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Earlier this month, Kawann Short and Athletes for Charity sponsored a STEM/Football Camp at E.C. Central. While the student-athletes were busy on the field or in class, their parents attended health and safety-related lectures sponsored by St. Catherine Hospital and Community Healthcare System.

It was standing room only for the first presentation of the day by sports medicine specialist Joseen Bryant, MD, who spoke about concussion.

It’s been barely 10 days since Bryant spoke, but in that time, concussion has been in the news again and again. And Bryant, who has an office in St. John but also sees patients at Community Hospital’s Concussion Clinic in Munster, touched upon every issue raised recently in the national media.

She first advised parents to be aware of the symptoms of concussion. They include headache, nausea, dizziness, impaired vision, light and noise sensitivity, appearing dazed, confusion, forgetfulness, clumsiness, moodiness and loss of consciousness. She also reviewed a step-by-step recovery process that should take at least seven days.

None of those items were addressed by Pittsburgh Penguins star Sydney Crosby on Wednesday, when he spoke to reporters in his hometown of Cole Harbor, Nova Scotia, and was asked about concussion.

With a history of multiple concussions and prolonged absences as a result, Crosby suffered another in Game 3 of the second round of the Stanley Cup Playoffs. Yet, five days later, he was back for Game 5, only to fall head first into the boards. He rose with difficulty, appeared dazed and skated slowly to the bench. However, there was no call from the observers in the press box and Crosby remained in that game. Nor did he miss another as his team won a second consecutive Cup.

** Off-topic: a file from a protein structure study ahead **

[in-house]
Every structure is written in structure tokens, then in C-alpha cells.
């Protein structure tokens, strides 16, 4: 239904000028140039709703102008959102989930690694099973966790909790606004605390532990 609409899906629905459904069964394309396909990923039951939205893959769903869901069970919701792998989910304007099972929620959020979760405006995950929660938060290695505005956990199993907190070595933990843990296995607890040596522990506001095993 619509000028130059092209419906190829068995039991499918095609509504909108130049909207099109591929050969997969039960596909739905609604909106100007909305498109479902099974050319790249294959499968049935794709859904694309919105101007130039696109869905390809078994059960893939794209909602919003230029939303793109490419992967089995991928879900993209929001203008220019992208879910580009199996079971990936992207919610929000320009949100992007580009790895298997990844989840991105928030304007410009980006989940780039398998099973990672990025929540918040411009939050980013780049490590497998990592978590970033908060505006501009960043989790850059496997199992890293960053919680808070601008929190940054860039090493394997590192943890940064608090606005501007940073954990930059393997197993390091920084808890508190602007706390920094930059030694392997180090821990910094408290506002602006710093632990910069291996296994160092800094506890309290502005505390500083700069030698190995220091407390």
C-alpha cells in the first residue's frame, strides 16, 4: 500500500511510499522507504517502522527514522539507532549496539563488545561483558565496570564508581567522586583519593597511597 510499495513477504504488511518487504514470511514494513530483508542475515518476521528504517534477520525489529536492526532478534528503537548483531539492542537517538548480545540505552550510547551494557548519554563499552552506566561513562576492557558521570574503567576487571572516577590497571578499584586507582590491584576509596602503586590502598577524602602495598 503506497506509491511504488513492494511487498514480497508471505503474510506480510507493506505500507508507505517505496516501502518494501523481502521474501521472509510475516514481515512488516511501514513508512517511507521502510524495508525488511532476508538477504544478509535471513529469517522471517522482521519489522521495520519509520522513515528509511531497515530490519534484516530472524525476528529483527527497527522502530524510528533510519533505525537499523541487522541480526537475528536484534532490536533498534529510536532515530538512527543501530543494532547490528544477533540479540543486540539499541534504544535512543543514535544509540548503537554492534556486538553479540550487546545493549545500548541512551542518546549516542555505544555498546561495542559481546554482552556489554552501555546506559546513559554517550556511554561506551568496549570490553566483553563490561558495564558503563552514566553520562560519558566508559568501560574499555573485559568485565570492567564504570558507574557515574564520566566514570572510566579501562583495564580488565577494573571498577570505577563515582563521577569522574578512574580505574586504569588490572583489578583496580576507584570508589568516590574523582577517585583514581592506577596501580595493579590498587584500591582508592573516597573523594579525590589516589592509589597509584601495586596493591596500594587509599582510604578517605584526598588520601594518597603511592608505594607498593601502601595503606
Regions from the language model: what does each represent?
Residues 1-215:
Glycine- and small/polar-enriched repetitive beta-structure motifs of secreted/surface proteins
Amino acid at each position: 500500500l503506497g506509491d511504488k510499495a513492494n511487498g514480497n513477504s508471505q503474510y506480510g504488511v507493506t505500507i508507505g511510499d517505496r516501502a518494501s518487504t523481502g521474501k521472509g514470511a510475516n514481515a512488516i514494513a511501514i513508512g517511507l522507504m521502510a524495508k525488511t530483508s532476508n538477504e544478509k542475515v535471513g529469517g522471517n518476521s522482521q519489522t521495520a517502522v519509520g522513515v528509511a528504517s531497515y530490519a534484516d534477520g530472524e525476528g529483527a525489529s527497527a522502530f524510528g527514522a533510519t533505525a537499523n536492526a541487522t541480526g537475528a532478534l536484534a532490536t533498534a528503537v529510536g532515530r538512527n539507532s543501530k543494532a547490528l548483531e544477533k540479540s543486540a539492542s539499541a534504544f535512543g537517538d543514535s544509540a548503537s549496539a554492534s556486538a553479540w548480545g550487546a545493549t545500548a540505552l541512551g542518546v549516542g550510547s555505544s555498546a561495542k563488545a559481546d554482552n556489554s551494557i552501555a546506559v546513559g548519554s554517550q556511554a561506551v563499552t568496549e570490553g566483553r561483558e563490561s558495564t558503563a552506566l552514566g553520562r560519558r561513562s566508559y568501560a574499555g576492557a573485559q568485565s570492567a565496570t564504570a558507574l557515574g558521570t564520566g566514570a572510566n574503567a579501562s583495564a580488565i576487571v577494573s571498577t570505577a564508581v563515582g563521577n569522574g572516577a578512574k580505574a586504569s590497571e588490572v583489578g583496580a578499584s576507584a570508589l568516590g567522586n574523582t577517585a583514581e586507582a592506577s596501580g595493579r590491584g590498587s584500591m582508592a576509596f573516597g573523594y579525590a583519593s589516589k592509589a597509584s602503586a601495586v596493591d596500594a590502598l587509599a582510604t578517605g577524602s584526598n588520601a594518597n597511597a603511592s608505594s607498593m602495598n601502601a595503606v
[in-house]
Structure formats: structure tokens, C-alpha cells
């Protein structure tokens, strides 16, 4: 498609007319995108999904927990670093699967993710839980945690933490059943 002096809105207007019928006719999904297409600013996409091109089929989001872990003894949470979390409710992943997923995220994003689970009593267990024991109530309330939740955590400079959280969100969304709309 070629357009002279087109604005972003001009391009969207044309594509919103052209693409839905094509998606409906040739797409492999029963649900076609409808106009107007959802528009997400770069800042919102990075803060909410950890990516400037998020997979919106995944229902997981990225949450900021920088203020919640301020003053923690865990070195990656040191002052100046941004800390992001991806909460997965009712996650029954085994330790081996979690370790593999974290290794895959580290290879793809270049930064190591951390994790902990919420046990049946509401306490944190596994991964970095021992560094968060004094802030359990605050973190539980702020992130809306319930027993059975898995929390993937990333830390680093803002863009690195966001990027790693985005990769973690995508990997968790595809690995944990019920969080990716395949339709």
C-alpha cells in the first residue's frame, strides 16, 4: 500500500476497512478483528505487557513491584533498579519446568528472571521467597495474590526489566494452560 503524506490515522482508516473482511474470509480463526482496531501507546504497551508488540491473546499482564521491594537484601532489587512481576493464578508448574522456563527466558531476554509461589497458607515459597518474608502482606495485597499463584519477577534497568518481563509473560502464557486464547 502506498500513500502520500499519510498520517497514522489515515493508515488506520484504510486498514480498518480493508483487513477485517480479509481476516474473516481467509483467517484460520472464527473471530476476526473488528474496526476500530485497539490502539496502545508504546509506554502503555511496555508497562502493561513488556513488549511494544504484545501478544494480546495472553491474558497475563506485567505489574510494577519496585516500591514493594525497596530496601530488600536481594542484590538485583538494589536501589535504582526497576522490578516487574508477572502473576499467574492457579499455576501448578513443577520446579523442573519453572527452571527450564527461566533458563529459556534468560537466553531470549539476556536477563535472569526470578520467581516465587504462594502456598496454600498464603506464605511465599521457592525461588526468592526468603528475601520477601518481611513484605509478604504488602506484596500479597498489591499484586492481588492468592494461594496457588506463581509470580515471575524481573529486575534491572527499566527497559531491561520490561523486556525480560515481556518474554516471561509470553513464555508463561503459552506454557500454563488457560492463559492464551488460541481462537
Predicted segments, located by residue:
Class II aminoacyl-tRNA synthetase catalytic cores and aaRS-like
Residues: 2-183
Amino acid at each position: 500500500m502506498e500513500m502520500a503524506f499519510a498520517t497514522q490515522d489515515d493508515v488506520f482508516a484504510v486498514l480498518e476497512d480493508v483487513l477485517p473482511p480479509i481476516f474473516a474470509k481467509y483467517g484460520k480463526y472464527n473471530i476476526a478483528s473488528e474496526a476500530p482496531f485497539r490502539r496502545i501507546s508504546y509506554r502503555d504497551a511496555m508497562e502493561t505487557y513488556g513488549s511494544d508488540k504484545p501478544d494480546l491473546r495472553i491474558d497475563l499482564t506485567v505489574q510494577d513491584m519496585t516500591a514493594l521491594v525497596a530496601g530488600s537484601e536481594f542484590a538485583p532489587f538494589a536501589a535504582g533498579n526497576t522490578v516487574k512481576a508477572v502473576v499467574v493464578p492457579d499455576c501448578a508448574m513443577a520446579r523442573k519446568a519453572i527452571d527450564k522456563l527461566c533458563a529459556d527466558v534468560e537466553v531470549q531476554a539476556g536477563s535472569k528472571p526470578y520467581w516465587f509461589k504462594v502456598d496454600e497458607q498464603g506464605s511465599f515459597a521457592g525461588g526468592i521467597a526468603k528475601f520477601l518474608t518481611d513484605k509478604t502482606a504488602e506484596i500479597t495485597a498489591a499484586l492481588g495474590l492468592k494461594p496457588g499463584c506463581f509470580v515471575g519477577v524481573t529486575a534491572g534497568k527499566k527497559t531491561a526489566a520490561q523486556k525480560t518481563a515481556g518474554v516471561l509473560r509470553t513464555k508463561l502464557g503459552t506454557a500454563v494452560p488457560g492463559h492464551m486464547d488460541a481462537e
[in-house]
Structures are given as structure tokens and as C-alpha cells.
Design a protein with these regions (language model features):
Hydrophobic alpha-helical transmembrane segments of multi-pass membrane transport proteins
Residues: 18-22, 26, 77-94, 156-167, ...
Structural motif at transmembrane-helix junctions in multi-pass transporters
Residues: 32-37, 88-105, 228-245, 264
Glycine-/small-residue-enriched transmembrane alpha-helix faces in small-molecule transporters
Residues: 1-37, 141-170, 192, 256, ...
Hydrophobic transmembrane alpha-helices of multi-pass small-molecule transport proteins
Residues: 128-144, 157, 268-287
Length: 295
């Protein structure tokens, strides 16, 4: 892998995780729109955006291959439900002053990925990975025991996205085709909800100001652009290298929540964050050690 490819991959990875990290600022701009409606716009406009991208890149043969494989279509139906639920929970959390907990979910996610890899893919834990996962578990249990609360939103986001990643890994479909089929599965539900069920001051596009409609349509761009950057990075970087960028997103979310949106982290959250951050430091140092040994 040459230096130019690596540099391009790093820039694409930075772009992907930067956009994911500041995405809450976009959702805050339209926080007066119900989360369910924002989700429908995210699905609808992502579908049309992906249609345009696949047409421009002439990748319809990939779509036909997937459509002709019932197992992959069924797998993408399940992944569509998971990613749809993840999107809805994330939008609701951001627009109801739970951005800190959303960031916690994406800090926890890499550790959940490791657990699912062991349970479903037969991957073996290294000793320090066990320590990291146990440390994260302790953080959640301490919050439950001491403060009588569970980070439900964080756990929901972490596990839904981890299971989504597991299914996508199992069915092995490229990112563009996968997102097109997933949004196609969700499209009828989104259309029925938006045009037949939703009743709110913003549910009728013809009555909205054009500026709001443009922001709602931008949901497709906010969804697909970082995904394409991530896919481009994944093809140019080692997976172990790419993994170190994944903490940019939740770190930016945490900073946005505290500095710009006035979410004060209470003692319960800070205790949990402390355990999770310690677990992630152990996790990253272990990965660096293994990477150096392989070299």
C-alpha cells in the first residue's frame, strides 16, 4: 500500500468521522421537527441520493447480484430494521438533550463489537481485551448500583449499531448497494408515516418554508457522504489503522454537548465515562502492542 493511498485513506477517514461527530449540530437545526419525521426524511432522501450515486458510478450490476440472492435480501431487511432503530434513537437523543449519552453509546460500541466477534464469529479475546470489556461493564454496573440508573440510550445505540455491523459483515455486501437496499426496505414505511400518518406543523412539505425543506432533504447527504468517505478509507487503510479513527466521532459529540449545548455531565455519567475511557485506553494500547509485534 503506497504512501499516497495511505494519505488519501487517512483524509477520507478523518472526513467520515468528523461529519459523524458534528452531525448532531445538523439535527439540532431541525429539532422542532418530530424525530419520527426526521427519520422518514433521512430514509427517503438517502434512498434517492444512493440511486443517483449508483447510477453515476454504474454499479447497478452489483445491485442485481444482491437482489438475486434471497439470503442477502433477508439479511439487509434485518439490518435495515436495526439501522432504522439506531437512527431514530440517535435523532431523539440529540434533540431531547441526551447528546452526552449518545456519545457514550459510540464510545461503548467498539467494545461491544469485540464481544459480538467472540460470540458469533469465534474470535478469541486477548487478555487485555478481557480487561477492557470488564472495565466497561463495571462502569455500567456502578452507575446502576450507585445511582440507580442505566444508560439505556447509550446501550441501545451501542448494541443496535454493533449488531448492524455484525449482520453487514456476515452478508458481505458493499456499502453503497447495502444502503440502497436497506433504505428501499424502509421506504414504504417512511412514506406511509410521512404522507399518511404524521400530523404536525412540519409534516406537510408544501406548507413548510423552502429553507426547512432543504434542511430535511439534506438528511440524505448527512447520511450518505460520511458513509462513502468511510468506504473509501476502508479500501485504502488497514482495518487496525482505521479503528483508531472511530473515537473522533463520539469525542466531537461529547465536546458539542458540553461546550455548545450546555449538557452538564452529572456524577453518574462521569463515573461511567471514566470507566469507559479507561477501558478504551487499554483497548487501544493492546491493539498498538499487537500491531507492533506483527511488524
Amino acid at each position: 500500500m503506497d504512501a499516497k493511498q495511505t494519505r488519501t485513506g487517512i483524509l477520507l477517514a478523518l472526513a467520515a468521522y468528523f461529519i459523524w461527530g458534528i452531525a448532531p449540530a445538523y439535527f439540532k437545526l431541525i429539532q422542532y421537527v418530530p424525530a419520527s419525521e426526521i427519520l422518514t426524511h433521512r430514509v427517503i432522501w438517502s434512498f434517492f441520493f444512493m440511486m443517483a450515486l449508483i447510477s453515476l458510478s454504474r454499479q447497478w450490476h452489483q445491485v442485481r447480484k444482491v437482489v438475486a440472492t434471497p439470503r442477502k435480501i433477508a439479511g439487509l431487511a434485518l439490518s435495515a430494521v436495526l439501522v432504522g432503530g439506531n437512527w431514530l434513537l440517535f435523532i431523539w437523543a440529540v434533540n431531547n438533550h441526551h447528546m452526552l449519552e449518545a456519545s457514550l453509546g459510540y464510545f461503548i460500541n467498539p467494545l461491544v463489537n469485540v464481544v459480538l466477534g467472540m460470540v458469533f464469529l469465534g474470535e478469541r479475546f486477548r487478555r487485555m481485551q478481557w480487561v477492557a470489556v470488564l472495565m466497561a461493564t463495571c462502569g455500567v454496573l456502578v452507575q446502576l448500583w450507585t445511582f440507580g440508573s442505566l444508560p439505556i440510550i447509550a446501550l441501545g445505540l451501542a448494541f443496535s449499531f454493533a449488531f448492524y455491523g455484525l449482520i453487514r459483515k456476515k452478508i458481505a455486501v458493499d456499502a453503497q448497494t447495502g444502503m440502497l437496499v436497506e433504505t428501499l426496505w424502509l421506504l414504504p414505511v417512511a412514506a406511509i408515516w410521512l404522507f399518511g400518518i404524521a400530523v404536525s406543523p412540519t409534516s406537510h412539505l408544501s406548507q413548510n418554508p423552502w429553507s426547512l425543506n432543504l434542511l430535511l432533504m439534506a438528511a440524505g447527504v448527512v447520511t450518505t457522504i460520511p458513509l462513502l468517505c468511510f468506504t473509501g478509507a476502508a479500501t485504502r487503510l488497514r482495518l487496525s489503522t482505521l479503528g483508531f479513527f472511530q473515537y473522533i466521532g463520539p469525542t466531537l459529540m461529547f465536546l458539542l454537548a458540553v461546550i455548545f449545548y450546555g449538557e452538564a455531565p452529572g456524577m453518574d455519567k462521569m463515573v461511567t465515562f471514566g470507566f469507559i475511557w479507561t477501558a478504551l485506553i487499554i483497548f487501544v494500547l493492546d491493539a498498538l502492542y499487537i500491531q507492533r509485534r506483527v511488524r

There was quite a bit of buzz in the media on these issues surrounding Games 3, 4 and 5 of that second round series, but Crosby said he was too busy winning another championship to pay attention.

Too many high school principals in Indiana are also apparently too busy to pay attention to concussion. Last week at the American Academy of Neurology’s annual concussion conference, the results of an Indiana University study were presented. Of 157 principals surveyed, only 34 percent had received training on returning to learn after a concussion. Perhaps worse was that 42 percent of the principals said they had had only one to five students with a concussion in the previous year. The data from other studies would advise those same principals that, in a school of 1000 students, you would expect dozens.

Had those principals been in attendance at Bryant’s talk, rather than parents, they would have heard her say: “For most students, only short-term changes or support services are needed as they recover from a concussion.”

Bryant finished her presentation by a encouraging a “culture of safety” that includes proper equipment that fits properly.

On Thursday, ESPN published a story on what to expect in the NFL by 2020. After looking at several business-related issues, reporter Kevin Seifert turned his attention to one piece of equipment in particular, the helmet. By 2020, Seifert predicts helmets “will look and function much differently.” He bases that forecast on the recently released VICIS helmet that is designed to dissipate rotational forces by having a deformable outer shell riding on an inner shell.

Next week, more on the VICIS helmet.

John Doherty is a licensed athletic trainer and physical therapist. This column reflects solely his opinion. Reach him at jdoherty@comhs.org. Follow him on Twitter @JDohertyATCPT.

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